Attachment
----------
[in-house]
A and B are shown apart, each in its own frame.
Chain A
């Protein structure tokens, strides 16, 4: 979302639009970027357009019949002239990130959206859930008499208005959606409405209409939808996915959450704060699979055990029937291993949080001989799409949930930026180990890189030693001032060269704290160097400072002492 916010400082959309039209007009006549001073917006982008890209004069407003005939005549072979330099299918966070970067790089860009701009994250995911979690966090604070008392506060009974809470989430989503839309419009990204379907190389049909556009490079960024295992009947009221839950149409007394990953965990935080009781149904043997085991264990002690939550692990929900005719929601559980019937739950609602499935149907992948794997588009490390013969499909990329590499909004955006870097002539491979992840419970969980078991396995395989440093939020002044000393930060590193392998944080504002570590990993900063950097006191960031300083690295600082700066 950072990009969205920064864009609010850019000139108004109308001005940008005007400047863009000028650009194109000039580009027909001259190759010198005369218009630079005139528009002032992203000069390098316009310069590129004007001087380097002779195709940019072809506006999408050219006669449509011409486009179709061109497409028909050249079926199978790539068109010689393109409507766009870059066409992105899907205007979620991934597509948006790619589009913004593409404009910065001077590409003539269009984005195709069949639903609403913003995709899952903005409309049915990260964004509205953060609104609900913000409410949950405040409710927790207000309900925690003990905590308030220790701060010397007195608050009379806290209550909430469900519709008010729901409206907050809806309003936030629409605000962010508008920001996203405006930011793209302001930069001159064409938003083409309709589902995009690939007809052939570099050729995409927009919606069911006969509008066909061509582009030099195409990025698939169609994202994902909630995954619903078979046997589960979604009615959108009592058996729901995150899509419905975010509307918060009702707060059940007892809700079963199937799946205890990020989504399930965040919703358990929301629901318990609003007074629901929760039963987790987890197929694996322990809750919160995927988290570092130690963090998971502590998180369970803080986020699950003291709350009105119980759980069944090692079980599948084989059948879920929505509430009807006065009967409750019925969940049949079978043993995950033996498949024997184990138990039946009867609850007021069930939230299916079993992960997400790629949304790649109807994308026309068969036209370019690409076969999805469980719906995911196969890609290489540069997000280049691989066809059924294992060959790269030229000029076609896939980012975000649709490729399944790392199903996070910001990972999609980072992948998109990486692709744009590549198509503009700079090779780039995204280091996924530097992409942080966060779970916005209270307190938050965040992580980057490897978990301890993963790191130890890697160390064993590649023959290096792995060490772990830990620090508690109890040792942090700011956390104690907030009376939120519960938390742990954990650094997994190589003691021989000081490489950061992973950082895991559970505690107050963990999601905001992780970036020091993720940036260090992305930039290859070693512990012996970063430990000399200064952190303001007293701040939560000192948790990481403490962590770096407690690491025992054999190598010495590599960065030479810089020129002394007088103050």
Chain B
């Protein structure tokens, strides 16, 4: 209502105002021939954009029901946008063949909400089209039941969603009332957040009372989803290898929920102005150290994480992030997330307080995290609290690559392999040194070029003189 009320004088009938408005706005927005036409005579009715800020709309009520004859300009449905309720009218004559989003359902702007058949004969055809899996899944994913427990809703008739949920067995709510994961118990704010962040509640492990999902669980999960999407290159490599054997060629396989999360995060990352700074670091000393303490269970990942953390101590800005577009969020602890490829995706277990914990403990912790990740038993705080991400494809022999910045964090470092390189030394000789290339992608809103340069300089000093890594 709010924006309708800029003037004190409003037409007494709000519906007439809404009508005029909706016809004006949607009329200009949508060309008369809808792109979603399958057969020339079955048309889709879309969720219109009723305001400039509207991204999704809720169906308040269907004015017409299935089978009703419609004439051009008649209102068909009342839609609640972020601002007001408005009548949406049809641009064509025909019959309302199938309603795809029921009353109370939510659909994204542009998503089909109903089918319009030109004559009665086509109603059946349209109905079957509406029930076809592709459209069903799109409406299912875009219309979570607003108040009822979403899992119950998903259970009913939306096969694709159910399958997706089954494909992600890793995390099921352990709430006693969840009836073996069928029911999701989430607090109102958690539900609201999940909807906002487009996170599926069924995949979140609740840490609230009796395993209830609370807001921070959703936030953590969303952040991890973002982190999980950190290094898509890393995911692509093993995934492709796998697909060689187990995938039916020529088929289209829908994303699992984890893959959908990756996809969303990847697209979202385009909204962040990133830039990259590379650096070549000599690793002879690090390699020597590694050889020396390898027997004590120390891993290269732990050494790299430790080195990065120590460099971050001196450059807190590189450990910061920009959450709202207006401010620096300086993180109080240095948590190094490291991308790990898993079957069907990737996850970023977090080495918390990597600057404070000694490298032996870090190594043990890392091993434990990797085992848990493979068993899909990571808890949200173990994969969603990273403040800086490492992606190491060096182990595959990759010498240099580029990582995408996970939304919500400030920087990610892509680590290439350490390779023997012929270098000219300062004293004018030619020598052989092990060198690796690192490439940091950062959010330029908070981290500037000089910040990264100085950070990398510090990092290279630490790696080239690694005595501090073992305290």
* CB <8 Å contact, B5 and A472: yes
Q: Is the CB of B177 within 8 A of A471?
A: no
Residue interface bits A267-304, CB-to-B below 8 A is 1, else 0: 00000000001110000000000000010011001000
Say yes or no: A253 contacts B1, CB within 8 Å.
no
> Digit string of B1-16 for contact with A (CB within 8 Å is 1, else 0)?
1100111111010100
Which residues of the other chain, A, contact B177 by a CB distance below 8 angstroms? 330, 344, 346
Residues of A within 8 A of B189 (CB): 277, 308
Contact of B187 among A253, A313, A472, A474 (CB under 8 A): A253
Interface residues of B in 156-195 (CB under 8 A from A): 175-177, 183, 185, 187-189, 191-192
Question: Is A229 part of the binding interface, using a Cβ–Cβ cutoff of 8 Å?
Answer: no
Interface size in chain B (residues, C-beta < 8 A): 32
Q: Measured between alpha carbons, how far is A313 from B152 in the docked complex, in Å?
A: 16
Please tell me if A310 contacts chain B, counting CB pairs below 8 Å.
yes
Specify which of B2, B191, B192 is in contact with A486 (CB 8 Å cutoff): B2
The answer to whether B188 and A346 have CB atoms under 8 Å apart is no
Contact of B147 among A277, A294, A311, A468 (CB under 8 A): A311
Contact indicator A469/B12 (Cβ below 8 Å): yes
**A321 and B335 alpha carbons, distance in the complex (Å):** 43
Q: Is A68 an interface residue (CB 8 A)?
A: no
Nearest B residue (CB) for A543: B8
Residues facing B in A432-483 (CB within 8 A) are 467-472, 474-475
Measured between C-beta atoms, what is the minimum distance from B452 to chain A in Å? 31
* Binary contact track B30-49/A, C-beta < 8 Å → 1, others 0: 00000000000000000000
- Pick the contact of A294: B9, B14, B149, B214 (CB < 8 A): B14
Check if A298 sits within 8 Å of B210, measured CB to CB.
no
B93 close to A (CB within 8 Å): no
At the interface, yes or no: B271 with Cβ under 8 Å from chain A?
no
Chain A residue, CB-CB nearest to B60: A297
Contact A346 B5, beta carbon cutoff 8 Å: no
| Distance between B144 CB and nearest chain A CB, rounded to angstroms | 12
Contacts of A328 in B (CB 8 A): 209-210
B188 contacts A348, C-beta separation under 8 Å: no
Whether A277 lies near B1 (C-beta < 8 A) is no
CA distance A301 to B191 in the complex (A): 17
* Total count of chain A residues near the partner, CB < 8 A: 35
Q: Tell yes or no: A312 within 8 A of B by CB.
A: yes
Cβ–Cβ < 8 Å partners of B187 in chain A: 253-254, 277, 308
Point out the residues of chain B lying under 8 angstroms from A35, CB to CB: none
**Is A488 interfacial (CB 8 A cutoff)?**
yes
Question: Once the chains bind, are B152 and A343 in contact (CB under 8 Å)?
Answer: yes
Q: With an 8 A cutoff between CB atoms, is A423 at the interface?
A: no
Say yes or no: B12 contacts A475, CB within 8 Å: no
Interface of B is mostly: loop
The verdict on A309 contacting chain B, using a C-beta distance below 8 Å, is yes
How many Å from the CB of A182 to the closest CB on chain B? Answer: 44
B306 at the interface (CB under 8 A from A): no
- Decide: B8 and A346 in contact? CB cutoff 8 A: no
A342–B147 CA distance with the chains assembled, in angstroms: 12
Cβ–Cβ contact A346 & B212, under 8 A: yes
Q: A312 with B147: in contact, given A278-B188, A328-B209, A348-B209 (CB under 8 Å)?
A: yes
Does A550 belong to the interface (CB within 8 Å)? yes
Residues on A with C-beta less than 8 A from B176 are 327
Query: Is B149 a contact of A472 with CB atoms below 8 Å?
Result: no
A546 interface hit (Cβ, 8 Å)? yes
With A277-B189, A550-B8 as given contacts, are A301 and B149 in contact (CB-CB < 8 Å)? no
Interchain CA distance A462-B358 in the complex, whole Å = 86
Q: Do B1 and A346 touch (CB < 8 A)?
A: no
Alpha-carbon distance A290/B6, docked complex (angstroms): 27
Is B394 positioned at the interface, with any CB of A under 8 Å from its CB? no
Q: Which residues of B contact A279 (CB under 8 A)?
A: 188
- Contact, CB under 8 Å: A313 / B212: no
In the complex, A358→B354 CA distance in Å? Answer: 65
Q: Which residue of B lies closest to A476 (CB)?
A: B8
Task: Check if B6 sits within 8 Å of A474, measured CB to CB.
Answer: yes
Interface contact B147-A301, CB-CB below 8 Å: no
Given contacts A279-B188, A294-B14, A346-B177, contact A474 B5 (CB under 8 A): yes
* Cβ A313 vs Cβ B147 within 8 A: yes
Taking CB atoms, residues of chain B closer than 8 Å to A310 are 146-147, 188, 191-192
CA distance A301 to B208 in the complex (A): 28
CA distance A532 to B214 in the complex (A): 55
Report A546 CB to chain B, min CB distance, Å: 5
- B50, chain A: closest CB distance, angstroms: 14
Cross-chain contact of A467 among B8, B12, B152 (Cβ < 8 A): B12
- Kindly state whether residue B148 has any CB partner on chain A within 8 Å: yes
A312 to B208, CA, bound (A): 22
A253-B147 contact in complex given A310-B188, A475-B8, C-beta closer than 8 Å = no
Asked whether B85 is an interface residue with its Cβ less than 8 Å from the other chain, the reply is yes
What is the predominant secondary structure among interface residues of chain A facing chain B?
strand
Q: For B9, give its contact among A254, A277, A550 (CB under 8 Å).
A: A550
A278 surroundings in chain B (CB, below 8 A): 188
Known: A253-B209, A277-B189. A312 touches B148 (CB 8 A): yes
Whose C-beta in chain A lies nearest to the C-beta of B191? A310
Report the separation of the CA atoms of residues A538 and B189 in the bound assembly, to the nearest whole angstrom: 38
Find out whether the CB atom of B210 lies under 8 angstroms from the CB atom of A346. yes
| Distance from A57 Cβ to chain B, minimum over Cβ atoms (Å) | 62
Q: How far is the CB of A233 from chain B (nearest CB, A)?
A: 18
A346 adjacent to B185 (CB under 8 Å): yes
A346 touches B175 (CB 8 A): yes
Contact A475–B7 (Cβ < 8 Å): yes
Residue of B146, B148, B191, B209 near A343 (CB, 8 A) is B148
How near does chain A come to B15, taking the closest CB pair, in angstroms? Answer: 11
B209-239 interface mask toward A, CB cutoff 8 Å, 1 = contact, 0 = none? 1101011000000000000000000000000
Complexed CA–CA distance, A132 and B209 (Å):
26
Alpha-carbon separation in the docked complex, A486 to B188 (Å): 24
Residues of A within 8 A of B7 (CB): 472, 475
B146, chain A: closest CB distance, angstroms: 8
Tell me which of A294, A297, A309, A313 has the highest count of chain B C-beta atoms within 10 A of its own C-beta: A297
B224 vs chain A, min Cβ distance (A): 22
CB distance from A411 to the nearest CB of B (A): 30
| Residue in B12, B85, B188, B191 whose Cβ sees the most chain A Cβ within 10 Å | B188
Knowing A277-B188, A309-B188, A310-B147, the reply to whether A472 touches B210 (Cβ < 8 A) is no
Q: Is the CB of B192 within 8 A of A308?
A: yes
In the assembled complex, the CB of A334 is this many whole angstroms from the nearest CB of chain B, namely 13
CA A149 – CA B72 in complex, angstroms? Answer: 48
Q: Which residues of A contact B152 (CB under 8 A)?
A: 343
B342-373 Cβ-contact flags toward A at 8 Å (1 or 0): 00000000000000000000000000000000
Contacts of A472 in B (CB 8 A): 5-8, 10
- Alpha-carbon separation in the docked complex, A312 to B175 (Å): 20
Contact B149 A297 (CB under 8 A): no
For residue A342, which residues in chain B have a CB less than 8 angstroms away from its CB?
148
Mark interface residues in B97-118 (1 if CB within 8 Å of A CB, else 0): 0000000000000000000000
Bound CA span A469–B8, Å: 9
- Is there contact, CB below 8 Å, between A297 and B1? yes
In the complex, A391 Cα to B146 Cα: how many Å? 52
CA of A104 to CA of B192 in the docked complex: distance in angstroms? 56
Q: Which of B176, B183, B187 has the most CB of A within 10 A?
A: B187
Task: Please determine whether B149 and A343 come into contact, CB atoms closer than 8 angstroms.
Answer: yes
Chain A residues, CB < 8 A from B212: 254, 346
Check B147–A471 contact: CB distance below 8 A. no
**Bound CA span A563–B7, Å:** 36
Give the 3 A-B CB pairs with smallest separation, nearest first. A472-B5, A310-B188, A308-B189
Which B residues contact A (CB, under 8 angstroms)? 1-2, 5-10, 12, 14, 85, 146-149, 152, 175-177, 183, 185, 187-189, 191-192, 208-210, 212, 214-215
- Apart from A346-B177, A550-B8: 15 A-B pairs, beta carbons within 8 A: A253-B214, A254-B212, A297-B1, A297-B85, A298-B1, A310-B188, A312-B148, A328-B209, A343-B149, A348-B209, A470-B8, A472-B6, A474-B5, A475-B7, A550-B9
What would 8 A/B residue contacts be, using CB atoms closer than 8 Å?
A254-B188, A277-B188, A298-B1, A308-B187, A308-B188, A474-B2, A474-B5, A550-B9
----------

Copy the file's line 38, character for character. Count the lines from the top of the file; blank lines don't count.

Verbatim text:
Check if A298 sits within 8 Å of B210, measured CB to CB.